The strongest part of Evicted comes in the “Epilogue: Home and Hope.” It is here that Desmond does an excellent job of highlighting the negative health effects of eviction on people, including the higher rates of depression and suicide among recently evicted people. And he has these things to say about the role of home for all of us: “The home is the center of life. It is a refuge from the grind of work, the pressure of school, and the menace of the streets.(…) The home is the wellspring of personhood. It is where our identity takes root and blossoms (…) When we try to understand ourselves, we often begin by considering the kind of home in which we were raised. (…) America is supposed to be a place where you can better yourself, your family, and your community. But this is only possible if you have a stable home. ” (pp. 293-4) Yes, housing is health care and yes, everyone deserves a safe and stable home.
When people discover that I have not only worked with homeless people for the past thirty years but have also experienced homelessness as a young adult, the number one question they ask me is, “So what should I do when I see a homeless person on the streets—what can I possibly do to help?” In fact, while working today at the University of Washington, a longtime and well-known health journalist asked me this question. So, for her, and for all the other well-intentioned people out there with the same or similar questions, here is my list of “Simple things you can do to help the homeless” followed by a list of my favorite resources for finding out more about homelessness:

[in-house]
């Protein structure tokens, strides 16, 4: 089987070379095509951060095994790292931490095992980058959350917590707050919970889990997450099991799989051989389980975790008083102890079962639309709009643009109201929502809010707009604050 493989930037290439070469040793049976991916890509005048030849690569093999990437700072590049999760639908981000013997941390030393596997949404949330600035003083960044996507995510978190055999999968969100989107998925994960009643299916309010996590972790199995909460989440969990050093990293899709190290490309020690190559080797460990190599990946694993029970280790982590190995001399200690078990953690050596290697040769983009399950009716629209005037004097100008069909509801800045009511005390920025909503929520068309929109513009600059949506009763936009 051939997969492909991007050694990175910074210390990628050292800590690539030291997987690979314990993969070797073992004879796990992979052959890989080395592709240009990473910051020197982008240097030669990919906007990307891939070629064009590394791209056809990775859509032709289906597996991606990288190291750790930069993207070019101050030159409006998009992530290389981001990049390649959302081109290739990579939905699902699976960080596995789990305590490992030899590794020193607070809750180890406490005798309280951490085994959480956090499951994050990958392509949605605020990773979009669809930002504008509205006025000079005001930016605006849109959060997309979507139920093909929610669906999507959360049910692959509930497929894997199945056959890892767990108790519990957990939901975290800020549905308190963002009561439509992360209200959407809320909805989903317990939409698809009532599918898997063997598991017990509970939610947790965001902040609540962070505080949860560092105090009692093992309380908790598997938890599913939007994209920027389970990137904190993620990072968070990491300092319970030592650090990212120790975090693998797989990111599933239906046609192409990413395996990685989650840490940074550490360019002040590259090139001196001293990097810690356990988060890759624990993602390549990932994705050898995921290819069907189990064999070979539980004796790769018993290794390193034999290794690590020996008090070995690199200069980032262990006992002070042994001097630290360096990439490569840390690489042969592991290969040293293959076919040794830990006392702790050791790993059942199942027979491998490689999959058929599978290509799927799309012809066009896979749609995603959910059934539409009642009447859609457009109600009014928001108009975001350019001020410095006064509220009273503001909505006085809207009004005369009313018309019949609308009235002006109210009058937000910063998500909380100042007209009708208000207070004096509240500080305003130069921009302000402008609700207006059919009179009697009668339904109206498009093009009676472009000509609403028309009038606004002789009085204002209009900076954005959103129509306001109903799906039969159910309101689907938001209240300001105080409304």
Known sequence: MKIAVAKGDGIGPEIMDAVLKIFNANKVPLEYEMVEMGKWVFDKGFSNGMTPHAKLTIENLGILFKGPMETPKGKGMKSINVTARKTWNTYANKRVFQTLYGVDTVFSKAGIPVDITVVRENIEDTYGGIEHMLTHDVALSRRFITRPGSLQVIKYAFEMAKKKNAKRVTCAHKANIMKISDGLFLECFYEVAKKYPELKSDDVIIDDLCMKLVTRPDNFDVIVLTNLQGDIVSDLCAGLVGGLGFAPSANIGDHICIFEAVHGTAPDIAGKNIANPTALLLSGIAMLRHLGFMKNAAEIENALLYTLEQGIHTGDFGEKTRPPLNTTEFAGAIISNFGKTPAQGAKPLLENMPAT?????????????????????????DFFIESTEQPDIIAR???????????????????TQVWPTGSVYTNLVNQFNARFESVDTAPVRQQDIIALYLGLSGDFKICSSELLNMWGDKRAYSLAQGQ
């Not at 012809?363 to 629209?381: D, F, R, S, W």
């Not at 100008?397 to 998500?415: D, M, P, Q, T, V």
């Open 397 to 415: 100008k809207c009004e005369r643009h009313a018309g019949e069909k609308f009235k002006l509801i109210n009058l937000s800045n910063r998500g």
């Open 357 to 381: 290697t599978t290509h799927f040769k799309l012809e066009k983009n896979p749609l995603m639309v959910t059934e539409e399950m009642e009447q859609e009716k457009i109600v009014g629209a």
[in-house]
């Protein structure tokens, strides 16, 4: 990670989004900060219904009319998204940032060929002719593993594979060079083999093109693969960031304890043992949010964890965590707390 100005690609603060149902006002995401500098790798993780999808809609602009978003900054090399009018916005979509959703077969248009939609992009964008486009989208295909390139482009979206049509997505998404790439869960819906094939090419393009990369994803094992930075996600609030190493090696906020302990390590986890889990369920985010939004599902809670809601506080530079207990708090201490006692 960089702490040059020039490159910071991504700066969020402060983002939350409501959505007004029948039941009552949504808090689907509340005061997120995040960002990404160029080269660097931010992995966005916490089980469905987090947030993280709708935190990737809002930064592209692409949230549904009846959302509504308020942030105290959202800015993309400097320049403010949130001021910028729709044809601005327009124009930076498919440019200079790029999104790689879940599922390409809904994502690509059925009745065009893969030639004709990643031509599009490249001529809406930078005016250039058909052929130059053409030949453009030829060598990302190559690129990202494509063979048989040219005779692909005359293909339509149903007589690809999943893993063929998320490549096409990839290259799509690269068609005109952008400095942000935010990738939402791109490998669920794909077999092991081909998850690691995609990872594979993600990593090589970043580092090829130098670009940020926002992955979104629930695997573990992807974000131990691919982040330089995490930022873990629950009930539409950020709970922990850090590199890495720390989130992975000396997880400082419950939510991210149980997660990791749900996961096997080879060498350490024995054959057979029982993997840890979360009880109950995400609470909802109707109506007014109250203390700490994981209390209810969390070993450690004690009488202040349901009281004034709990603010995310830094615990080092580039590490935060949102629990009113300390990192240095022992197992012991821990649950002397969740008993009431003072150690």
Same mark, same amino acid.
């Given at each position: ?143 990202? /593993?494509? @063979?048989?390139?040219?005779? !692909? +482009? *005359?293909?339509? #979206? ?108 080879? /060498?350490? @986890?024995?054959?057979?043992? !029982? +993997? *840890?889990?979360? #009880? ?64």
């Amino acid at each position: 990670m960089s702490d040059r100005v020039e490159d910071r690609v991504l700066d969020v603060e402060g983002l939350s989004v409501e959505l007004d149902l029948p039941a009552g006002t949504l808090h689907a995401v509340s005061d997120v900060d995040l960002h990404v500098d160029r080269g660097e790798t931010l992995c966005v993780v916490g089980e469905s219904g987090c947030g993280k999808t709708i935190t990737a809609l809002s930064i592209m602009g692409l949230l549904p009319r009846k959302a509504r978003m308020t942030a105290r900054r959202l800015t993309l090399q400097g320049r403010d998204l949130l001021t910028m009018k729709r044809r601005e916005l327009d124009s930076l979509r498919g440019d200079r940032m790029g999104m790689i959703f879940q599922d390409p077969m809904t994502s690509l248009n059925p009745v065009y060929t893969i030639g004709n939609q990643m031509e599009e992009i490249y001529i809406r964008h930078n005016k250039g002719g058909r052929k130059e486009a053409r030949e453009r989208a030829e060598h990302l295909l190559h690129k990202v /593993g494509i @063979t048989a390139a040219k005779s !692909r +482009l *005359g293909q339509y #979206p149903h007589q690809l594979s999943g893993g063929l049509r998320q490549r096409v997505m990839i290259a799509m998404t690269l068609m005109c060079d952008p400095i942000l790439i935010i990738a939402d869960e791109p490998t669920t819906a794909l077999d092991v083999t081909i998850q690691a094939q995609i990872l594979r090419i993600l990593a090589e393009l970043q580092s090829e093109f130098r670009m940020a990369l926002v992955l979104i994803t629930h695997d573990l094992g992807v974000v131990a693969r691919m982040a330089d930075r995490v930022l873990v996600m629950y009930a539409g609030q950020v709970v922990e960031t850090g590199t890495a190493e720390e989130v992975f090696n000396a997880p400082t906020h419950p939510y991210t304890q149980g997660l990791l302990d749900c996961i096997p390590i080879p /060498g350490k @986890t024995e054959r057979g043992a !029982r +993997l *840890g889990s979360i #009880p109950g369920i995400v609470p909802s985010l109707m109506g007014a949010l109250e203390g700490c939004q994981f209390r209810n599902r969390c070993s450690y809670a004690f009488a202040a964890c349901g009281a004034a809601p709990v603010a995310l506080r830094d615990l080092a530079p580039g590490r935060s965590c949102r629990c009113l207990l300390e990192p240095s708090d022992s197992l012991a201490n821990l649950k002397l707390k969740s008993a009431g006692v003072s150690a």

- Respond with a smile and a kind word—even if it is “No—sorry” when you are asked for a handout for coffee, a meal, or spare change. There’s nothing worse than for a person to be ignored.
- Carry fast-food restaurant certificates and flyers with local resources to give to the homeless when they ask for food or money.
- Buy Real Change or whatever your local homelessness/poverty issues newspaper is—if there is one in your area.
- Support an agency that provides services to the homeless, especially agencies that also work on upstream solutions to preventing homelessness, such as low-income housing or job-training programs. An example is Habitat for Humanity, whose vision is of a world where everyone has a decent place to live.
- Be informed and become an advocate for local community solutions to homelessness and poverty, as well as state, national, and international ones.